The fact it is incorporated into the state codes doesn't suddenly INVALIDATE the copyright. However, it has been held that such incorporation is not valid unless it provides open access to what is effectively now enacted law.
You'll find now that nearly all the model codes have free non-commercial access even while maintaining copyright to protect their ability to being subscribed to by the local authorities.
I can tell you are not a lawyer. At least some lawyers (and law libraries and others) still do buy statutes and case law in printed books. There are some materials that are just easier to work with in that form. Moreover with statutes having a library of not just the current statutes (which are easy to find online) but past years too can be very valuable. I have nearly two decades of the Internal Revenue Code (IRC) in hardback form. Those statutes are extremely well laid out, include numerous notes and references not available online, as well as an incredible in depth index. Since I often have to work with prior years of the Code when representing clients in litigation and in tax controversies with the IRS having those prior years available is extremely valuable. I also have paperback versions of the current code and regulations so I can flag, highlight, and make notes directly in them which makes finding the information I want much easier. That's just part of my print library. Of course having electronic access to legal materials has cut down considerably on the print library I need to maintain today, but it has not completely eliminated the need for some materials in print.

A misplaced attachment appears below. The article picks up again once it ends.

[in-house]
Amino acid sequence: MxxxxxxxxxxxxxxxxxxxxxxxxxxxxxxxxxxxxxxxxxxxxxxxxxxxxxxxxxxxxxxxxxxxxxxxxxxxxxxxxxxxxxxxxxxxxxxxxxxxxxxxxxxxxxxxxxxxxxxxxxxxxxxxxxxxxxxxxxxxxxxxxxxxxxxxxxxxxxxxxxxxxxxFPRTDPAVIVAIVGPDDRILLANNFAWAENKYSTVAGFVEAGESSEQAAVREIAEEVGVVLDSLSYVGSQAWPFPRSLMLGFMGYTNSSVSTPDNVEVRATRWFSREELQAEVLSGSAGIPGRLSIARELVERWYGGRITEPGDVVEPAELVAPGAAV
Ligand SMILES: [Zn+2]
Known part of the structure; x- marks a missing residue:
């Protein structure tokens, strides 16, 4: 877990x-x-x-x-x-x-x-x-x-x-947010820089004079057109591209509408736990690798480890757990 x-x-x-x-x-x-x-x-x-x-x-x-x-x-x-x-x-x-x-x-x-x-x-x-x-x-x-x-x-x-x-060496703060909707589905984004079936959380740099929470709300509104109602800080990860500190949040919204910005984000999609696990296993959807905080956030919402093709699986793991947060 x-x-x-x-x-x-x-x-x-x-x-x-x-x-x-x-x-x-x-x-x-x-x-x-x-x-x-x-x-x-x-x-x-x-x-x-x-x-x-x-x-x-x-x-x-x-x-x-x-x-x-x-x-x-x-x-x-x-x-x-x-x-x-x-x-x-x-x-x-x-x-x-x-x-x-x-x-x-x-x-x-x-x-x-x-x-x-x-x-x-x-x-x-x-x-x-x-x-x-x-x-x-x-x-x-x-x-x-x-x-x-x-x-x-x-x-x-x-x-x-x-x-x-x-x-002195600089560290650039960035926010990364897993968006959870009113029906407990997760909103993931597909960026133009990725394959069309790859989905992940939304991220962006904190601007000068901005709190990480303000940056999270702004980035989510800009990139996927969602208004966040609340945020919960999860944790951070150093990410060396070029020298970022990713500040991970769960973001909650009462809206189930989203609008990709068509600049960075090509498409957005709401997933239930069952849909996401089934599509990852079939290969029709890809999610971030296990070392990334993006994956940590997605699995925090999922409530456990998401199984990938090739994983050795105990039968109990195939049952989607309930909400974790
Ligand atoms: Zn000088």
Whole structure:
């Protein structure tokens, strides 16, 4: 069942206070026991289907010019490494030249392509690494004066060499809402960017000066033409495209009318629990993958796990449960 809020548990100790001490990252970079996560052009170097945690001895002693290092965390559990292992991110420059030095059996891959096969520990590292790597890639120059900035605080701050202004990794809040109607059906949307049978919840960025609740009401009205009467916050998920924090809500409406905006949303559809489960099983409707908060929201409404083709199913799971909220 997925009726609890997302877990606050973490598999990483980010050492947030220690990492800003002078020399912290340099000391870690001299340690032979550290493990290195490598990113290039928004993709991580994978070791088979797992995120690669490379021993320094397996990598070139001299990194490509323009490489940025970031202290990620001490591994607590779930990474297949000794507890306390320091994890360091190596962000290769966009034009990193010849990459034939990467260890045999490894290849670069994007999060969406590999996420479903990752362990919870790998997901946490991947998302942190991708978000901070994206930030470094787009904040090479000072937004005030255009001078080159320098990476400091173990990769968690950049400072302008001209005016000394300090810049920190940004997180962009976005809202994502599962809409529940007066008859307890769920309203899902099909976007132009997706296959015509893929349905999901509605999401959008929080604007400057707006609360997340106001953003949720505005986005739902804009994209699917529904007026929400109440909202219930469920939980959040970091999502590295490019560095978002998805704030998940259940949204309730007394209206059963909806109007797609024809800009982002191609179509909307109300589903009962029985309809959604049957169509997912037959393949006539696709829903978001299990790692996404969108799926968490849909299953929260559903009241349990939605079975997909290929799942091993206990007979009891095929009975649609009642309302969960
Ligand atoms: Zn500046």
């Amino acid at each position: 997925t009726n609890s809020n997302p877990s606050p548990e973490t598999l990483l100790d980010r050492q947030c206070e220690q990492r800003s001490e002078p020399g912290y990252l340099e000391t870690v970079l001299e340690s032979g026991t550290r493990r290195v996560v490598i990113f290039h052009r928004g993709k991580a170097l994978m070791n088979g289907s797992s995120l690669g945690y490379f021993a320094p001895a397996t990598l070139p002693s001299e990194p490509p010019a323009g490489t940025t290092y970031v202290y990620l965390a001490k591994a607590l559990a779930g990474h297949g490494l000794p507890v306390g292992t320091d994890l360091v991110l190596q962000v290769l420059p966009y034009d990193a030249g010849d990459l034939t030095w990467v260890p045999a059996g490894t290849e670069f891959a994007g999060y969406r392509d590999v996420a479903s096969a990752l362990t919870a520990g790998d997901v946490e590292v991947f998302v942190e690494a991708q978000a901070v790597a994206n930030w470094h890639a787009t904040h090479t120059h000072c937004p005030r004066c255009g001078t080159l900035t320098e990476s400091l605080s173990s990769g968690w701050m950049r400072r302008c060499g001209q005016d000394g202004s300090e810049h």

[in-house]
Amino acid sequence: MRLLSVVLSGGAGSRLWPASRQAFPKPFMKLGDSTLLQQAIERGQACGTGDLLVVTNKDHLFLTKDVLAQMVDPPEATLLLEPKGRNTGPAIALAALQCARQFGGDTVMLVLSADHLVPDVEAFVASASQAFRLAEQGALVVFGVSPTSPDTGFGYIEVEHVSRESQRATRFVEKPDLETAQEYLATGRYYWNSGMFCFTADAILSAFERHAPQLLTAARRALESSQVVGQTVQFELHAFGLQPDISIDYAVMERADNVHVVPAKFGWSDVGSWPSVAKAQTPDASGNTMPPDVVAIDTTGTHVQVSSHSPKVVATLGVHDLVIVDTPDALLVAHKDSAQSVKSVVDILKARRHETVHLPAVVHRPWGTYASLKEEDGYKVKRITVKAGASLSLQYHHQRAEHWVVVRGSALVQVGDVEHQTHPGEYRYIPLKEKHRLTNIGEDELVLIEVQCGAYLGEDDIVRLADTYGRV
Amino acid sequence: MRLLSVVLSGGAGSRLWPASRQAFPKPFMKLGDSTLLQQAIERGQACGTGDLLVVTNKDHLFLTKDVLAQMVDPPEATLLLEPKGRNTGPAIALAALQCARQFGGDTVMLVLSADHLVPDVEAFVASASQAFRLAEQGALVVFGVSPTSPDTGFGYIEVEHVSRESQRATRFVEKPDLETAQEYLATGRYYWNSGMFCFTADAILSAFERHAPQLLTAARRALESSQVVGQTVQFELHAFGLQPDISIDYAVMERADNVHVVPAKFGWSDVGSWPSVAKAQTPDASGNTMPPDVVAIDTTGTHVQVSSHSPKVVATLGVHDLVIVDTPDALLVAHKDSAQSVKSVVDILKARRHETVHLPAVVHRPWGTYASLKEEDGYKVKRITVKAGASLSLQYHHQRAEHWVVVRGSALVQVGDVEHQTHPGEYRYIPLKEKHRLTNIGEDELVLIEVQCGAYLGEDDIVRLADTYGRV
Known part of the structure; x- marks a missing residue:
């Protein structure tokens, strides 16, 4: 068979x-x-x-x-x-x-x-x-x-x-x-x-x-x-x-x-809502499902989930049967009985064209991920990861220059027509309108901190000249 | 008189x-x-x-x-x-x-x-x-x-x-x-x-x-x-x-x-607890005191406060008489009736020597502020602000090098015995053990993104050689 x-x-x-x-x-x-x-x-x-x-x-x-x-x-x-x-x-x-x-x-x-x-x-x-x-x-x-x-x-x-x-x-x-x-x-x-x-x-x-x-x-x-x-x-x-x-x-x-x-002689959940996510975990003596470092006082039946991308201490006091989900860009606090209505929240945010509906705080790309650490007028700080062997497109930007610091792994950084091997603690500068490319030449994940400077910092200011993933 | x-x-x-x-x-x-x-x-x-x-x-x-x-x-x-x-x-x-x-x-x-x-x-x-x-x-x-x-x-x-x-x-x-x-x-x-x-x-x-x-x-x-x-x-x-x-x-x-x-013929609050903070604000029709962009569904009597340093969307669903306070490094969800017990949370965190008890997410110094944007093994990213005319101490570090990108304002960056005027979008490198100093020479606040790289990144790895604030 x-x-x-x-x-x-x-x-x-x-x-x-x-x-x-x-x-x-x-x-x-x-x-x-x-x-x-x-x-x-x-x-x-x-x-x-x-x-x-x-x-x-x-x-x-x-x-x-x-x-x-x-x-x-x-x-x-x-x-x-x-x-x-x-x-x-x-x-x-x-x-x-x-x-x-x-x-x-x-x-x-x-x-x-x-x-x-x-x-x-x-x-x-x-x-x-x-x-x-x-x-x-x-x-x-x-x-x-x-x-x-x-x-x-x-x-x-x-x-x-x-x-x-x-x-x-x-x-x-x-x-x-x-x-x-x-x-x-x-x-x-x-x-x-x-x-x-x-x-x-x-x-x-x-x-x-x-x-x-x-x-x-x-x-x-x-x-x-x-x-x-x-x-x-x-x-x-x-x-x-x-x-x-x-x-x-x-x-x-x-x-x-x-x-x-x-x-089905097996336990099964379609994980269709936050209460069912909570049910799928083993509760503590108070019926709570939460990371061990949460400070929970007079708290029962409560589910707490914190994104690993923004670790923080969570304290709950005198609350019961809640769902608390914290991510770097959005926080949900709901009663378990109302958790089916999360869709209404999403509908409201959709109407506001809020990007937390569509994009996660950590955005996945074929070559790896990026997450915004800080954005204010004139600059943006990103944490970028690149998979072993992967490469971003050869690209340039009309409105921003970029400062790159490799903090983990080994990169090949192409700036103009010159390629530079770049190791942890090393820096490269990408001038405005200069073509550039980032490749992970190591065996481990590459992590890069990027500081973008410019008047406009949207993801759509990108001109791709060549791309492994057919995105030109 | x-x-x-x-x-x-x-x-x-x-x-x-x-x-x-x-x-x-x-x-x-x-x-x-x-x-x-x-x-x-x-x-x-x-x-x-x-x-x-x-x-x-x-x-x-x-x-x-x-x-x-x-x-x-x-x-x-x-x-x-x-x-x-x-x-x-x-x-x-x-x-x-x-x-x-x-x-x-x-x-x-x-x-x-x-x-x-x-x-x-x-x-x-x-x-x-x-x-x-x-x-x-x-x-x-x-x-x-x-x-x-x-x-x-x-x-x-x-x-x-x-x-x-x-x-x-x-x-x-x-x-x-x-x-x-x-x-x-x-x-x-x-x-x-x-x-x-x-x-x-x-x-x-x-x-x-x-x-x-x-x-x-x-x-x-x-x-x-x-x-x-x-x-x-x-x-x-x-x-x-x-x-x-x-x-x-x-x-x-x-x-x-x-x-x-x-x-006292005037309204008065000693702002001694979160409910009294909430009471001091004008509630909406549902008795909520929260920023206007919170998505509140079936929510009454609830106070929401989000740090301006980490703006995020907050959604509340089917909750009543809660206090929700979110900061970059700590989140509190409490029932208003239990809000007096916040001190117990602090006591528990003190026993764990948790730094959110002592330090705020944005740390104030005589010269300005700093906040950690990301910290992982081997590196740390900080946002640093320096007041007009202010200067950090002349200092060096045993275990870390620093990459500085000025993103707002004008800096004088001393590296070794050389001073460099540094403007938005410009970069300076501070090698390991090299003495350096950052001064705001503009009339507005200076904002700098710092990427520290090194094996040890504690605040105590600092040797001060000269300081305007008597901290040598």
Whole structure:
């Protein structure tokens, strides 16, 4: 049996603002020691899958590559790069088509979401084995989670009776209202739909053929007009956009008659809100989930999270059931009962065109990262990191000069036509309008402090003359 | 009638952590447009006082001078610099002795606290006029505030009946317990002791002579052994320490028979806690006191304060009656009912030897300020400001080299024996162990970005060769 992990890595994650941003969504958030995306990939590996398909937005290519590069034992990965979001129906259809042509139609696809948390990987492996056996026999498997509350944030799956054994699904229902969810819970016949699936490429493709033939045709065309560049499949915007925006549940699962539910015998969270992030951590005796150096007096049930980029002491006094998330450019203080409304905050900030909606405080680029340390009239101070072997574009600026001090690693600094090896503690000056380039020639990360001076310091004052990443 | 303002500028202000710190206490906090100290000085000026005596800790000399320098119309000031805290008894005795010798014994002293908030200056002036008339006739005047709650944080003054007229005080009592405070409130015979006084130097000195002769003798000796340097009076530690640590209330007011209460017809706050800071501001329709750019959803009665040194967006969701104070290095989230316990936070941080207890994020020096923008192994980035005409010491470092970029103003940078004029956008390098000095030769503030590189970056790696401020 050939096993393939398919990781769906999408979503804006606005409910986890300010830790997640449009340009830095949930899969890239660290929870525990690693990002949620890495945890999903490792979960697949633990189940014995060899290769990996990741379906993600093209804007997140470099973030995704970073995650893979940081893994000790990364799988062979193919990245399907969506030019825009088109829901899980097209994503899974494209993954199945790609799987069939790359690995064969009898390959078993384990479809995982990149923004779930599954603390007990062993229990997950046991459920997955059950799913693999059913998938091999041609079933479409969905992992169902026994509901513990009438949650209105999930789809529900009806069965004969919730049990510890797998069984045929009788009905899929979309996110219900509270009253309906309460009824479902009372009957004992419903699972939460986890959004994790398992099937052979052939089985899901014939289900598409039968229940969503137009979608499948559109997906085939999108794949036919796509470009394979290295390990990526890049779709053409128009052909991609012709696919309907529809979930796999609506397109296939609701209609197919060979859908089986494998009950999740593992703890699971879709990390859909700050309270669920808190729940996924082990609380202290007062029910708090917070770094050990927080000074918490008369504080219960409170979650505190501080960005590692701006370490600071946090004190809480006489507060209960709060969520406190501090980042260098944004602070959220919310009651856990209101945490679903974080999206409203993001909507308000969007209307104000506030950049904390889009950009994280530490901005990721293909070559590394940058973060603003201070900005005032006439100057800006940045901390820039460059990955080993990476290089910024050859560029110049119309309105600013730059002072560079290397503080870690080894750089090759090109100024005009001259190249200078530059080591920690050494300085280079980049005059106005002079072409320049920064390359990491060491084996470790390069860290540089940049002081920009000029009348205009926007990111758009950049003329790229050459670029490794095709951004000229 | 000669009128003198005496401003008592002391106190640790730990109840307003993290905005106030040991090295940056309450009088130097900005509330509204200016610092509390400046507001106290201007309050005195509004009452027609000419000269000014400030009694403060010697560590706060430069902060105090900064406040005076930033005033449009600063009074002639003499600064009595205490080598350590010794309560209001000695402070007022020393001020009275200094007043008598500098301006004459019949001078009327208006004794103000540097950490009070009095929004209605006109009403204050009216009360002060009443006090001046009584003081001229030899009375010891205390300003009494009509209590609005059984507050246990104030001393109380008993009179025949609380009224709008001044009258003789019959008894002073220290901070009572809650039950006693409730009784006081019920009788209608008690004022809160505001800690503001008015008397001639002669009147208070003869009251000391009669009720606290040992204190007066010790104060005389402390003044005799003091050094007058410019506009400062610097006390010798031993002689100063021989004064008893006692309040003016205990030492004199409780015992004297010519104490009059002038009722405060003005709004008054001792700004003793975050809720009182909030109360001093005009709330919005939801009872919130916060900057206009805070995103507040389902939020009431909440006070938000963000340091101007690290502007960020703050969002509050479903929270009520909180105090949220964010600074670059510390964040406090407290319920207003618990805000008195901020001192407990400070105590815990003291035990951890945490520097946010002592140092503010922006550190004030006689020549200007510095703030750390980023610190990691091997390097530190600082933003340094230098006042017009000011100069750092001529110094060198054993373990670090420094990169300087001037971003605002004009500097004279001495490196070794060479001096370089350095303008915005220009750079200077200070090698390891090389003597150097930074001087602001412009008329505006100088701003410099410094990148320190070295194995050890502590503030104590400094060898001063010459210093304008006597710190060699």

I recall two decades ago predictions that by now computers would drastically reduce our need for paper as the need for paper documents would be totally eliminated. (Computers can't do much to eliminate our need for toilet paper. ) And yet today we use more paper than ever before. Computers have eliminated use of paper in a number of areas only to create new uses of paper in other areas.